Do you fall under the 90 percent of adults who don’t eat enough fruits and vegetables? The new nutrition report from the Centers for Disease Control (CDC) surveyed over 300,000 adults and found alarming results. Only 1 in 10 American adults reported getting enough fruits and vegetables in their daily diets!
What is enough? Government guidelines recommend that adults eat at least one and a half to two cups of fruits and two to three cups of veggies daily. However, only 12 percent of American adults meet that minimum fruit requirement, and a lower 9 percent reach the daily recommended intake of vegetables. In some states, like West Virginia, only a miserable 6 percent of citizens consume the minimum recommended servings of vegetables.
This is bad news for the health of a nation. Diets high in fruits and vegetables provide the body with essential nutrients and offer major health benefits, including lower risks of heart disease, type 2 diabetes, obesity and certain cancers.
Here are additional findings from the study according to gender, age and race:
- Nationally, the groups most likely to meet the minimum fruit requirement were women, Hispanics, and people between the ages of 31 and 50.
- The groups most likely to meet the vegetable requirement were women, adults aged 51 and older, and people in the highest income group.
- A higher percentage of Blacks and Hispanics met the recommendation for fruit intake than did Whites, although these differences were significant in only 10 states.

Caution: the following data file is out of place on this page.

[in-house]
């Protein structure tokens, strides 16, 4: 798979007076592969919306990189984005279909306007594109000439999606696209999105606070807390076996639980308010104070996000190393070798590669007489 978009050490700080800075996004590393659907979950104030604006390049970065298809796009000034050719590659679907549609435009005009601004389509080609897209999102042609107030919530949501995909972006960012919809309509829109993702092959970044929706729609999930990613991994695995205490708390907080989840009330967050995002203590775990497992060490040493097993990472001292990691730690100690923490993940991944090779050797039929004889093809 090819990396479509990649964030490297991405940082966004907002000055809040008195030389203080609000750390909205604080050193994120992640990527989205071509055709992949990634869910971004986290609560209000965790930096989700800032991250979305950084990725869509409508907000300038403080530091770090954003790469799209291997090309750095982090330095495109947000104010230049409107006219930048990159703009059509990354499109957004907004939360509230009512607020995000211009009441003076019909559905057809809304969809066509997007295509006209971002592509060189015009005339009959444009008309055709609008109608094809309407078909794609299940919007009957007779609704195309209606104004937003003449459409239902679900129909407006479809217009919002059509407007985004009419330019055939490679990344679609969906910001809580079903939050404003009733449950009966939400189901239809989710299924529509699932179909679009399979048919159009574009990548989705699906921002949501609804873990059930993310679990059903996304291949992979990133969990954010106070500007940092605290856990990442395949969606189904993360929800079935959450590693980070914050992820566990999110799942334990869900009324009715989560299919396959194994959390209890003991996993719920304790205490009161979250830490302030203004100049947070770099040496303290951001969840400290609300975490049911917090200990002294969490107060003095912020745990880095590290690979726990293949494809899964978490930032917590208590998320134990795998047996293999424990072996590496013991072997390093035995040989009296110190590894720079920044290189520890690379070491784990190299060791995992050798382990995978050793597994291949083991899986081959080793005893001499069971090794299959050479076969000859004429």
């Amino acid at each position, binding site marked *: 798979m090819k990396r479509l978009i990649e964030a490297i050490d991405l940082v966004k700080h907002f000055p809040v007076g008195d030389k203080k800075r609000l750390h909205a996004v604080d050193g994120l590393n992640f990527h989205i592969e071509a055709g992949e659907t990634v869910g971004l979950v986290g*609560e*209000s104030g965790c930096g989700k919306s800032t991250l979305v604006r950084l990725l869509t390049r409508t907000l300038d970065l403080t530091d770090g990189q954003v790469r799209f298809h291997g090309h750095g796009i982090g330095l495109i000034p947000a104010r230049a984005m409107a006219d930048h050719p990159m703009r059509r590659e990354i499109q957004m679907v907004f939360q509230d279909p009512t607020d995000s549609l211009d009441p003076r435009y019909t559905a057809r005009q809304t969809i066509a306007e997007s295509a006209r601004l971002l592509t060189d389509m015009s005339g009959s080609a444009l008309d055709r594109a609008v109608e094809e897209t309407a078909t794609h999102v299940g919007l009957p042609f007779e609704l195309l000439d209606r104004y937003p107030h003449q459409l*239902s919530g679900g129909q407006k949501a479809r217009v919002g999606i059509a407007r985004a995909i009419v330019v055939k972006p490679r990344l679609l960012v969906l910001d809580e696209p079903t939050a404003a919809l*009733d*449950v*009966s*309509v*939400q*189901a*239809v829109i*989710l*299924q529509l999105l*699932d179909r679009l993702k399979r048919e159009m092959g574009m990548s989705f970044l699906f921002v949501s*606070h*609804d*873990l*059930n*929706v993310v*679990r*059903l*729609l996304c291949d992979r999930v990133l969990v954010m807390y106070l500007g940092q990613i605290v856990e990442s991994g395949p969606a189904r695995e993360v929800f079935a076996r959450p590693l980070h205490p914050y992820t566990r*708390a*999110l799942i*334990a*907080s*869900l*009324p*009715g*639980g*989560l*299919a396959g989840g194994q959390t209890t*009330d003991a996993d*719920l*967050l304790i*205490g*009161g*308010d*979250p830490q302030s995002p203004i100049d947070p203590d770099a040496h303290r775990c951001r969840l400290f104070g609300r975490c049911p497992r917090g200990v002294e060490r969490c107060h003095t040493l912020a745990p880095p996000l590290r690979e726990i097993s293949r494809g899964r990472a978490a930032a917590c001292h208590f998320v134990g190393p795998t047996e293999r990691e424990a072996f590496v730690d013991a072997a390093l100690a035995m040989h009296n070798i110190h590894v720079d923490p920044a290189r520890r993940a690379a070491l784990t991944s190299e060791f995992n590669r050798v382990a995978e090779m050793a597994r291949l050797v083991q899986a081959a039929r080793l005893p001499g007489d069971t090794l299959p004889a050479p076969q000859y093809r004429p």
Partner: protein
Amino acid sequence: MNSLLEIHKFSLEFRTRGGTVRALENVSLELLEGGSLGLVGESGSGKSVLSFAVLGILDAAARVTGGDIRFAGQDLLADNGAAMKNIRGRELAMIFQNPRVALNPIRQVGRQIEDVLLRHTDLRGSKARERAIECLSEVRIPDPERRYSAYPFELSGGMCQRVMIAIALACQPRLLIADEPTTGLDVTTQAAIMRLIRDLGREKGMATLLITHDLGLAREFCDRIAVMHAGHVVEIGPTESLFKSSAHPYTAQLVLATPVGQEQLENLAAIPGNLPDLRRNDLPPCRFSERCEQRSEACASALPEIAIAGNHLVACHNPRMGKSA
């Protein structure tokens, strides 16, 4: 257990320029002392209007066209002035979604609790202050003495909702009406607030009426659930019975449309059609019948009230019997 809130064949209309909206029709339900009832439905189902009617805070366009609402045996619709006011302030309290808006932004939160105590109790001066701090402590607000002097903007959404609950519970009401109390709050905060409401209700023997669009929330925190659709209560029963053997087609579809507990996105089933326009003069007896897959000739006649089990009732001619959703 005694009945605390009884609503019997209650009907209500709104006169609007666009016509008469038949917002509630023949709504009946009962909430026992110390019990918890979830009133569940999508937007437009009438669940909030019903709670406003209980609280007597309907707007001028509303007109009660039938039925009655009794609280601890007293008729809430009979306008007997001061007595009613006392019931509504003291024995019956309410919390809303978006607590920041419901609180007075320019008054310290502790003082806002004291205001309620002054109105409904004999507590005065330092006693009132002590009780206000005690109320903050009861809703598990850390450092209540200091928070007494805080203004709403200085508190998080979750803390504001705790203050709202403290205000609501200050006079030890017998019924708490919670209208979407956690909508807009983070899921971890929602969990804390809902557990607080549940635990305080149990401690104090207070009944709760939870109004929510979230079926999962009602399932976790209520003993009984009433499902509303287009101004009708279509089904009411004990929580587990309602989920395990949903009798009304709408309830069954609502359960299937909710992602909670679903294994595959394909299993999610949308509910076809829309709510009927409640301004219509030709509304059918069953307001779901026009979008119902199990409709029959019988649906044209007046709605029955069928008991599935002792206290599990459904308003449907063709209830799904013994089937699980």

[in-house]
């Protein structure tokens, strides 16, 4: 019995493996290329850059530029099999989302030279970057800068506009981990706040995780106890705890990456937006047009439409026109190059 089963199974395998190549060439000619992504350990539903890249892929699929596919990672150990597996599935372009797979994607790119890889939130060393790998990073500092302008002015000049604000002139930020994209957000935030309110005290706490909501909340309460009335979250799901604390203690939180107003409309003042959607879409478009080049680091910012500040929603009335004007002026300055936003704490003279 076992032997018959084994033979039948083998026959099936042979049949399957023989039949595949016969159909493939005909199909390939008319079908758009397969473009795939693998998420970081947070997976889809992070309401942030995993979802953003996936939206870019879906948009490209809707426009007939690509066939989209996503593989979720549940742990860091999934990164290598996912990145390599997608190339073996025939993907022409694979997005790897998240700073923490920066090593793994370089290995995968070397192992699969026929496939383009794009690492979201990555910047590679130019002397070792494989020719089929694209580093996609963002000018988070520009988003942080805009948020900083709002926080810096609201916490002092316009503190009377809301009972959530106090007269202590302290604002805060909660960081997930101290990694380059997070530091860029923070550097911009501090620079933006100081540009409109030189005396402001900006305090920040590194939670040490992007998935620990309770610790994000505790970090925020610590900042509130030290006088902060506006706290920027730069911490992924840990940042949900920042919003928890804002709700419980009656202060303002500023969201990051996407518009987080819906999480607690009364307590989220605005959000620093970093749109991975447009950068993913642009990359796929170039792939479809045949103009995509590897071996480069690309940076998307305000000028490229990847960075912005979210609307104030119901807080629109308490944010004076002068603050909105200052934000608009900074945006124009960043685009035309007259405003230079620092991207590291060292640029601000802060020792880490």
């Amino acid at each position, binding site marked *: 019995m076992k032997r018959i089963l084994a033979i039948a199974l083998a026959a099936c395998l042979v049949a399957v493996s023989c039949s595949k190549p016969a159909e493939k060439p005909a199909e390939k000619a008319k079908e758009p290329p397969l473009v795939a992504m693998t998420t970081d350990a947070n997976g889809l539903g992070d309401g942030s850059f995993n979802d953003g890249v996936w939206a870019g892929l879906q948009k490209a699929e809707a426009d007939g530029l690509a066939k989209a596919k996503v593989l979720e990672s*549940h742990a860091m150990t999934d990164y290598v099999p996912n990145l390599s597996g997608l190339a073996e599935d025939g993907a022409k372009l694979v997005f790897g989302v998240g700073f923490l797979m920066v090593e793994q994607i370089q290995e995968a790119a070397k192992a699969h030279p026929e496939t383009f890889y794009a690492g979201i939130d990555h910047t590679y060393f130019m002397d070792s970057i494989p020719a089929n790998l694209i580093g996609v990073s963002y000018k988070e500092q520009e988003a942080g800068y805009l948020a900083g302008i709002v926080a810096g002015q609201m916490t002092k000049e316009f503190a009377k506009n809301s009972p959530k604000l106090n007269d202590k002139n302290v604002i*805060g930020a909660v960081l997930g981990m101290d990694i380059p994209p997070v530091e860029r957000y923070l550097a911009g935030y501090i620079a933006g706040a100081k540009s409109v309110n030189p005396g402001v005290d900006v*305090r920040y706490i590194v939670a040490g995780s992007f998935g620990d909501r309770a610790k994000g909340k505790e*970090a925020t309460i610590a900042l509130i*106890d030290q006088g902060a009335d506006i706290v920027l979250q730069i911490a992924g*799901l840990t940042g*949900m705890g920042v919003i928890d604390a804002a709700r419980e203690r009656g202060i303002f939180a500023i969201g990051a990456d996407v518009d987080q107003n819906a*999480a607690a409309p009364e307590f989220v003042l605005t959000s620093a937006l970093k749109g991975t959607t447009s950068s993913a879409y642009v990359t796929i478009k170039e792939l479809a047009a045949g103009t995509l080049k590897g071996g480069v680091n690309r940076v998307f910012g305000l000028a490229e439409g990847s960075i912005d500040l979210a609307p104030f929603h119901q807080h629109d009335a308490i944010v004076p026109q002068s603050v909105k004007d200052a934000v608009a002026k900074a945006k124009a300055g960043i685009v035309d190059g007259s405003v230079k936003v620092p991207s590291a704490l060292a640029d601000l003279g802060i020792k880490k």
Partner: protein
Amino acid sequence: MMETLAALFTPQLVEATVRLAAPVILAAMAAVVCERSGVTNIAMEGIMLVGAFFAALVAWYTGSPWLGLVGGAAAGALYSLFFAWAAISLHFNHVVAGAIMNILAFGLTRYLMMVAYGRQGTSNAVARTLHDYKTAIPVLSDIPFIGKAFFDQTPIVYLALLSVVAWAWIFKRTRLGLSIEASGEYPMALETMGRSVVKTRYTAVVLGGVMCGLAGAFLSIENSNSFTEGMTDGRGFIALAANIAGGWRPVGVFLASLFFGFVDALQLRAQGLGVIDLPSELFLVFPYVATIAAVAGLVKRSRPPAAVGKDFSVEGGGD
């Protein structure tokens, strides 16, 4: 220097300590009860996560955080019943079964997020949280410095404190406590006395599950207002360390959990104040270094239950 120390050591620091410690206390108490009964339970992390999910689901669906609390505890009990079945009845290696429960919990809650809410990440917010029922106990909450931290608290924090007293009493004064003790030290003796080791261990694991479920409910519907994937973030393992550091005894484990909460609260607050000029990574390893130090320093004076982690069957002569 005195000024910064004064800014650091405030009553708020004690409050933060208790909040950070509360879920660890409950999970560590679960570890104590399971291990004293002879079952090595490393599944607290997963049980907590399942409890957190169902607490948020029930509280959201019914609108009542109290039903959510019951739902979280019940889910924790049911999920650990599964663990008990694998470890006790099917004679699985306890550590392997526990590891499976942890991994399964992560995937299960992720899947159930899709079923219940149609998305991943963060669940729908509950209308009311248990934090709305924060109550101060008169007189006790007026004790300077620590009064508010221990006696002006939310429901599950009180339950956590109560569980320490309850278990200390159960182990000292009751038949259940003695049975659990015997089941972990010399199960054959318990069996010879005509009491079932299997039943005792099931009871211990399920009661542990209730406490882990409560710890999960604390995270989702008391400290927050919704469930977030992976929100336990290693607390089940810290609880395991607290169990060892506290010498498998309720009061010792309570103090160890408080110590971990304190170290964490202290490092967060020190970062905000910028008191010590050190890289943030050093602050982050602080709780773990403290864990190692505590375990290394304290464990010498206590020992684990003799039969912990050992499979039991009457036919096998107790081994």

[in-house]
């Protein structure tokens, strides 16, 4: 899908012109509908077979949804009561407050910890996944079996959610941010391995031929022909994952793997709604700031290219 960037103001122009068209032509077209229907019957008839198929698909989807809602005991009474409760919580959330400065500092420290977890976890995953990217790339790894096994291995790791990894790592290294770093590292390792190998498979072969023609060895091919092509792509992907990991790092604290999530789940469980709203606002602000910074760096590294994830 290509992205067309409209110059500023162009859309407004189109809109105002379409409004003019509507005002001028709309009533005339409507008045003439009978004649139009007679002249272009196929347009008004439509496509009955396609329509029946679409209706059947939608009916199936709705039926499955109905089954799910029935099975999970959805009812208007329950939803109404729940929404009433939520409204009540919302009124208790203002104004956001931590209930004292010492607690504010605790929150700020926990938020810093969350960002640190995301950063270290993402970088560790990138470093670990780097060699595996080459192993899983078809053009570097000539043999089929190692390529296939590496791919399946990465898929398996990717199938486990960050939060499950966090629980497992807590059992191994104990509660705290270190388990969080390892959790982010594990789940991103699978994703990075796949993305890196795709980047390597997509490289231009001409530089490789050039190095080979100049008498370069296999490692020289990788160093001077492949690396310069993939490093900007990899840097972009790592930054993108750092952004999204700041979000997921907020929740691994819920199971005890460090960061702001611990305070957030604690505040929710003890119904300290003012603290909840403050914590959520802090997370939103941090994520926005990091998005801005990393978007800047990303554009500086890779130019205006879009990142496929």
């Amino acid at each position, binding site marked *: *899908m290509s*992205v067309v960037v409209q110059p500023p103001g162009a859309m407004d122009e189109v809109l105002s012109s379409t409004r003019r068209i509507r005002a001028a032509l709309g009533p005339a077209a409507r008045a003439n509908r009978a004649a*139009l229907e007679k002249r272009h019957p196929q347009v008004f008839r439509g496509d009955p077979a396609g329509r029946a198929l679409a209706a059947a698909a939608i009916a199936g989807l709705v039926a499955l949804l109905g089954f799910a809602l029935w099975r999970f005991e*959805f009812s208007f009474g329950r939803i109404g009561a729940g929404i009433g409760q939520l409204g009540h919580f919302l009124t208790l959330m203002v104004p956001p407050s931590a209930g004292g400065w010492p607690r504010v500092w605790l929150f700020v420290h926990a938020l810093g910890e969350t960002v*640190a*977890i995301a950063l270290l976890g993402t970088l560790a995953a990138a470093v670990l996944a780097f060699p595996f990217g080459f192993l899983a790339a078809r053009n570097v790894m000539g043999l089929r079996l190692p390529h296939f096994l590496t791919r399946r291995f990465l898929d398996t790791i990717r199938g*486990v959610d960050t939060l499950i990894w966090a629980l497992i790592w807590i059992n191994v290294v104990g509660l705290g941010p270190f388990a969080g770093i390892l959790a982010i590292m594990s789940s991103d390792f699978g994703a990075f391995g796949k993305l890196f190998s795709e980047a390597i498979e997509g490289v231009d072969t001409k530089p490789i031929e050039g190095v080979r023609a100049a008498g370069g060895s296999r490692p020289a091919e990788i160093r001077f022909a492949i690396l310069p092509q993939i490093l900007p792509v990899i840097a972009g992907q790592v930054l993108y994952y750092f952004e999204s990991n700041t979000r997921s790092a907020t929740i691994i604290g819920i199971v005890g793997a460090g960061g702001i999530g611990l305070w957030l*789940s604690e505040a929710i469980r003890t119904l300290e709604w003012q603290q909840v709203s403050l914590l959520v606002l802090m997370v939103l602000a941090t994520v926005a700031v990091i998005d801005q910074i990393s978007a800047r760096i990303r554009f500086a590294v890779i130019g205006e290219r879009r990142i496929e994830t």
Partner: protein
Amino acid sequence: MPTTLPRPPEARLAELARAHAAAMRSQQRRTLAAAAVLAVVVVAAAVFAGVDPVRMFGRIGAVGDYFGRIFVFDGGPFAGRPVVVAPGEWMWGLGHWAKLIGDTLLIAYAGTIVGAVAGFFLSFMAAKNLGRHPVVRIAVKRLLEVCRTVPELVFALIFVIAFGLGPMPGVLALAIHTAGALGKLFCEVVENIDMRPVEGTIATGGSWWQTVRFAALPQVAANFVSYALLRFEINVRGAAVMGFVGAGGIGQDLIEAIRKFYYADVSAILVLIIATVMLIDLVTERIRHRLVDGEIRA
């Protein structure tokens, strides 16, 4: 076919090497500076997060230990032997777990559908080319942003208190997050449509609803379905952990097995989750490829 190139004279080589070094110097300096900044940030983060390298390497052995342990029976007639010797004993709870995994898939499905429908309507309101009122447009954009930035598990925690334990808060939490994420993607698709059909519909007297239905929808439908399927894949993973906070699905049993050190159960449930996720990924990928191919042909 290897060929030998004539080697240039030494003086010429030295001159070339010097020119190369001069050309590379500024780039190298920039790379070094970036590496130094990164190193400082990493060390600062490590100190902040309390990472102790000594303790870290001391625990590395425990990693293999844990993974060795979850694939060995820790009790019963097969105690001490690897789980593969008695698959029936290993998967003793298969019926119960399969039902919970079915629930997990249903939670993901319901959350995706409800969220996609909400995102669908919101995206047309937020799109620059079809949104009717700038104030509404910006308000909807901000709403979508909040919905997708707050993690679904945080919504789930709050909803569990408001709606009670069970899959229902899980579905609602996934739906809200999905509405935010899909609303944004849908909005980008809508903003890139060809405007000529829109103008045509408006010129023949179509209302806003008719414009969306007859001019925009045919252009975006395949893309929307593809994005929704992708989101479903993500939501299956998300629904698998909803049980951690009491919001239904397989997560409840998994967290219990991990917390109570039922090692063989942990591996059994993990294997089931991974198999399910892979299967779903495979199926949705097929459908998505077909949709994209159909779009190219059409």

- Generally, lower percentages of Blacks met the recommendations for vegetable intake than Whites and Hispanics did.
Why do so few Americans reach these modest goals? The CDC noted that perceived high costs and limited availability and variety of fruits and vegetables were all factors. There’s also a mistaken belief that vegetables and fruits require extra prep time in the kitchen.
Cost is a major factor, as well. Studies found that when nourishing foods, like vegetables, cost more than unhealthy foods, like salty and sugary snacks, Americans are less likely to have a high-quality diet.
The CDC provided the following recommendations to help overcome some of those obstacles:
- Starting or expanding farm-to-institution programs in childcare, schools, hospitals, workplaces and other institutions.
- Improving access to retail stores and markets that sell high-quality fruits and vegetables.
- Ensuring access to fruits and vegetables in cafeterias and other food service venues in worksites, hospitals and universities.
Frozen fruits and vegetables are low cost and convenient options to have on hand. Community gardens and farmer’s markets, when in season, offer the same benefits.
There are many ways to prepare fruits and vegetables in the kitchen. And in some cases, little to no prep is required. What is another way to ensure you’re getting the daily recommended servings of fruits and veggies? Pull out your NutriBullet for the whole family on a daily basis! Eating enough fruits and vegetables each day is healthy and simple when you know where to buy them and how to work them into your diet. Get creative or try any one of our nutrient-packed recipes!